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Habitat, weather indicate poor pheasant opener

Minnesota’s pheasant hunting season opens this Saturday, but hunters may not need a full box of shells this time around.

After two harsh winters, along with a cold, wet spring, Minnesota’s pheasant population index declined by more than 60 percent, according to the Department of Natural Resources’ roadside survey. Minnesota isn’t the only state with poor numbers, either.

“Yeah, it’s Minnesota and pretty much across the Midwest that have seen similar declines,” said Jeanine Vorland, DNR area wildlife manager.

The DNR estimates Iowa will have its lowest pheasant harvest in history — half of the 250,000-bird harvest predicted for Minnesota. Even South Dakota’s numbers are predicted to be fewer.

More than predation, food or weather-related issues, loss of habitat has been the worst burden to pheasants. According to the DNR, 20 years ago Minnesota’s Conservation Reserve Program (CRP) had more than 1.7 million acres that provided pheasants with food and cover. Today that number is 948,000 acres, and it’s still declining. Nearly 550,000 acres of CRP contracts will expire during the next three years.

Within the pheasant range, about 9,000 acres, or 15 square miles, of Conservation Reserve Program (CRP) have been lost since last year. Statewide, about 128,000 acres of CRP contracts will expire on Sept. 30, while only 33,180 acres were enrolled during this year’s spring sign-up period.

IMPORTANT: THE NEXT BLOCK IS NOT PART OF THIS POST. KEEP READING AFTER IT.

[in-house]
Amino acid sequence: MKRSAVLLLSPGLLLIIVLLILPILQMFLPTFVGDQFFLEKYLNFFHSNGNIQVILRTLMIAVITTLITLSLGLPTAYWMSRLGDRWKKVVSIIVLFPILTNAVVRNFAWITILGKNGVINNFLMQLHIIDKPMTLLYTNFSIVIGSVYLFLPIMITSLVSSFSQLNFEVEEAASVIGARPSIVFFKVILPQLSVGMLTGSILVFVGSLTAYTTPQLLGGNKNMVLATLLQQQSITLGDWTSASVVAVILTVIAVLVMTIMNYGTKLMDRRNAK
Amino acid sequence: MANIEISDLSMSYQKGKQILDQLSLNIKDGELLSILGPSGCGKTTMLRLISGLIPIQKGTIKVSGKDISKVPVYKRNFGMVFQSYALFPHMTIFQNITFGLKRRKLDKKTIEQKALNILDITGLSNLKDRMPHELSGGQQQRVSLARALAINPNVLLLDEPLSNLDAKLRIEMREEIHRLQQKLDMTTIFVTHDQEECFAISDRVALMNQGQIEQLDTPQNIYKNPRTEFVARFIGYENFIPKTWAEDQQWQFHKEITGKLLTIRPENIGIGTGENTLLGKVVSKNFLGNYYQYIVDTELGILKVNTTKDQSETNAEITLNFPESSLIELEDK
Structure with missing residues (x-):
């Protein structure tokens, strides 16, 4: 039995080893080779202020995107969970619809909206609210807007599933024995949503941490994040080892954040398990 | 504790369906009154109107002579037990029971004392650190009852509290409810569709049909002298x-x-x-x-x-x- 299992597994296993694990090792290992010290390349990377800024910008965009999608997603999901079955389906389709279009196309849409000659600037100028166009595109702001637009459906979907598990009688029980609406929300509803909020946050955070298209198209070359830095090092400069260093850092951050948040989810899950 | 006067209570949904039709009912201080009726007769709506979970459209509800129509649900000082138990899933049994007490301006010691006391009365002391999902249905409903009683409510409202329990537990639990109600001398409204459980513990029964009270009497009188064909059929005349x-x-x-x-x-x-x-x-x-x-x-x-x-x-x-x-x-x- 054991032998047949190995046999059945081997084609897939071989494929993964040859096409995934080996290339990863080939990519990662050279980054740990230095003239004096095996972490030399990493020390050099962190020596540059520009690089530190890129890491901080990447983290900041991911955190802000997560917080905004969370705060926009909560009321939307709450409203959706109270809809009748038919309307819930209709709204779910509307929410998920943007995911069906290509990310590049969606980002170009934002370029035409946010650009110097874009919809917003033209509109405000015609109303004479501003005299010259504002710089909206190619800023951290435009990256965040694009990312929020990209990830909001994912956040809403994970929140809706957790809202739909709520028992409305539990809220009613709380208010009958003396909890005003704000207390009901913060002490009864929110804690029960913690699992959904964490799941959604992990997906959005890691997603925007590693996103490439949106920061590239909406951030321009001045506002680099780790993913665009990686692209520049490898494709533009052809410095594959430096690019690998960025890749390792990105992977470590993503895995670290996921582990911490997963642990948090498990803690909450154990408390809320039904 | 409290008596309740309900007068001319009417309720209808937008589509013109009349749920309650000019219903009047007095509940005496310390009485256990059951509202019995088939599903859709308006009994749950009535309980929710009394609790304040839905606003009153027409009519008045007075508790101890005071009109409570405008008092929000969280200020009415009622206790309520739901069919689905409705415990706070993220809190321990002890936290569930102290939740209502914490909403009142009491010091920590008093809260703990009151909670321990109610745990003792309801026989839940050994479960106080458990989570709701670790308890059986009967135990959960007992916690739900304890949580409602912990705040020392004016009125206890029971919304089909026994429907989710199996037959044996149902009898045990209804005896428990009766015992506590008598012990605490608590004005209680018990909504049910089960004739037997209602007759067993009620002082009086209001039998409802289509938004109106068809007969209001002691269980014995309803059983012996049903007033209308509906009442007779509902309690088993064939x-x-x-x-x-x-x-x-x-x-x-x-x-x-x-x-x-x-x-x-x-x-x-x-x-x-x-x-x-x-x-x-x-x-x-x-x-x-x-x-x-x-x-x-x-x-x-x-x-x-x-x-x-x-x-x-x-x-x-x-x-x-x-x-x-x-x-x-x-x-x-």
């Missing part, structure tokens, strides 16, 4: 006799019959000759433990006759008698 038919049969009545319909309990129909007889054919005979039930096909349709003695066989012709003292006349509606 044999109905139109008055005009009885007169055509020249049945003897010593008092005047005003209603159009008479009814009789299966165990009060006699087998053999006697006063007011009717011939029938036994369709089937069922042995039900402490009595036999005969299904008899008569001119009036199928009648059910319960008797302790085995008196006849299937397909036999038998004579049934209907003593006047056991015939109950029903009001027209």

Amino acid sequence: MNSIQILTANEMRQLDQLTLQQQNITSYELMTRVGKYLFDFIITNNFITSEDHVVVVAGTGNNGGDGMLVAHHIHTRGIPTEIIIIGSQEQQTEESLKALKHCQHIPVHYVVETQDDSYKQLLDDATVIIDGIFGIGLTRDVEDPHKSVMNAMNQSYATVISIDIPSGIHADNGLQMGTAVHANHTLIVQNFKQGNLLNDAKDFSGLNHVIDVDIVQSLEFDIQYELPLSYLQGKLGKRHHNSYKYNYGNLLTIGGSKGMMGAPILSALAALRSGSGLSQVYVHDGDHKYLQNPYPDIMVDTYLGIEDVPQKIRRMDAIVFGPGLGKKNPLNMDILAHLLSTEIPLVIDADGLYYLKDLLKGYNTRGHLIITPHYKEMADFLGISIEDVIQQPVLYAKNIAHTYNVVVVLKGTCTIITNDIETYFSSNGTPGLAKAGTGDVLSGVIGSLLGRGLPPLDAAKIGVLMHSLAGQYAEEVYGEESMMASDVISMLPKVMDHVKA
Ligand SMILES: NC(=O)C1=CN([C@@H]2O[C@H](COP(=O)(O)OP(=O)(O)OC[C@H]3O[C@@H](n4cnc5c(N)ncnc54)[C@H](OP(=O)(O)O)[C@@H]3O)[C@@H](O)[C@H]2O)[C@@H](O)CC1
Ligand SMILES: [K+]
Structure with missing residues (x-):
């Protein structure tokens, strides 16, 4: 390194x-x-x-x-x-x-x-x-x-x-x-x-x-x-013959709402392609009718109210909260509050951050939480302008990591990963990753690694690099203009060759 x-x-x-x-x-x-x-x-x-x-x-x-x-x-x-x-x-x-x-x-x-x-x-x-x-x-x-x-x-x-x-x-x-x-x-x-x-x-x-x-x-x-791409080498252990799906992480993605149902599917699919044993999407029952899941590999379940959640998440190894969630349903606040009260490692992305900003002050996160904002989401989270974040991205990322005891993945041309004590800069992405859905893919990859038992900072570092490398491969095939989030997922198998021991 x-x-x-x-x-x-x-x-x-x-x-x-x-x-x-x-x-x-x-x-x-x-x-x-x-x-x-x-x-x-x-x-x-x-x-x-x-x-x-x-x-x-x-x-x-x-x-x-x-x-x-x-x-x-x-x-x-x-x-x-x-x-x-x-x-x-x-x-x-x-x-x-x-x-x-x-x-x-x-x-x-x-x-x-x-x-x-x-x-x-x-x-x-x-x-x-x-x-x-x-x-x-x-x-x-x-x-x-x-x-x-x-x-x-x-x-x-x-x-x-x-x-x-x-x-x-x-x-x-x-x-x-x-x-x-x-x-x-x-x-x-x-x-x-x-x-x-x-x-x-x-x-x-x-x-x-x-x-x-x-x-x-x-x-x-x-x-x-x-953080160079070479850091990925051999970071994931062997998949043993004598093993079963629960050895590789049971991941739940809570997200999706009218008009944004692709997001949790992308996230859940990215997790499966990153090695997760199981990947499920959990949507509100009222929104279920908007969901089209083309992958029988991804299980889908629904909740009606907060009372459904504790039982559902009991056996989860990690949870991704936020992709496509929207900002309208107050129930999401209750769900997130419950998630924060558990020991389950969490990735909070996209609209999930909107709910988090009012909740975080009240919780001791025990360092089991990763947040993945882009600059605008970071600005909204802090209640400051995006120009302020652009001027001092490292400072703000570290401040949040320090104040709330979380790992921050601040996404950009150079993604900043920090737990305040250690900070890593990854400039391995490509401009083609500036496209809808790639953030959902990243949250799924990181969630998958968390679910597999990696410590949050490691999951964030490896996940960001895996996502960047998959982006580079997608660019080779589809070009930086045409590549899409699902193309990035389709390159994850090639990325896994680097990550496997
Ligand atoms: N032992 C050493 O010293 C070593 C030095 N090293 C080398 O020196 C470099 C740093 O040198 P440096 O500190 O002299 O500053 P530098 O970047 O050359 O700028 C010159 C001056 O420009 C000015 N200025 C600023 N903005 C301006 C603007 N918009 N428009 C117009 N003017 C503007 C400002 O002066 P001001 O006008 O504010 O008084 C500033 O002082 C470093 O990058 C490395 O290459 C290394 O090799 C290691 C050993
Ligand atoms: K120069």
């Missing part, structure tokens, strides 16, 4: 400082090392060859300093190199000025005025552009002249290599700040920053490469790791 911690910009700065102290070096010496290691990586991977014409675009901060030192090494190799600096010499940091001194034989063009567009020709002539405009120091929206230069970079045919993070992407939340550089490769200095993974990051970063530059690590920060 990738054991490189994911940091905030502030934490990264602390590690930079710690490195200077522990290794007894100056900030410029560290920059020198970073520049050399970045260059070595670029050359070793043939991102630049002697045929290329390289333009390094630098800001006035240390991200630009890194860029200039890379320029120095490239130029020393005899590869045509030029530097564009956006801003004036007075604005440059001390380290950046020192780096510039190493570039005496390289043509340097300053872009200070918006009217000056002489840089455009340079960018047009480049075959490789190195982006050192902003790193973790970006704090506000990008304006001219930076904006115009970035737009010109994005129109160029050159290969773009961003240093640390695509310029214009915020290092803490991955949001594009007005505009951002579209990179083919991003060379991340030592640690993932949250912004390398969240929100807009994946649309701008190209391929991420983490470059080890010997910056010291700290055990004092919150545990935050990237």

Along with decreasing habitat, pheasants have experienced rough nesting conditions locally. According to Vorland, much of pheasants’ habit lies adjacent to wetlands, which severely flooded last fall and even this spring.

Perhaps the only good news is the recent dry, warm weather. Though it can take a couple seasons for pheasant populations to bounce back, a fall upswing could be coming. Vorland said pheasants are persistent with nesting and likely hatched out some late clutches this summer. While late hatchlings would normally be fighting cold, wet conditions this time of year, they’re likely thriving right now.

“It allows those late-hatch birds to mature,” Vorland said.

Furthermore, the early harvest should force whatever birds there are into thicker concentrations in grassy areas. That could be good news for hunters, along with the fact the DNR isn’t putting any dampers on hunters, either. The DNR kept the bag limit consistent with previous years, and the season will once again end on Jan. 1.

However, the DNR is taking some steps through the Outdoor Heritage Fund to ensure the future of pheasants in Minnesota. The fund, which was created following the passage of Minnesota’s Clean Water, Land and Legacy Amendment, has awarded three grants for wildlife management areas totaling more than $5.5 million to the Minnesota DNR. A fourth grant, $4.4 million, has been recommended by the Lessard-Sams Outdoor Heritage Council for 2012. These dollars are being invested in state wildlife management areas (WMAs), which are open to public hunting and other recreation.

Yet for this year, hunters will have to hope for a mild winter to bring pheasants back. CRP land will likely continue to dwindle as the conservation program can’t compete with today’s record-high grain prices.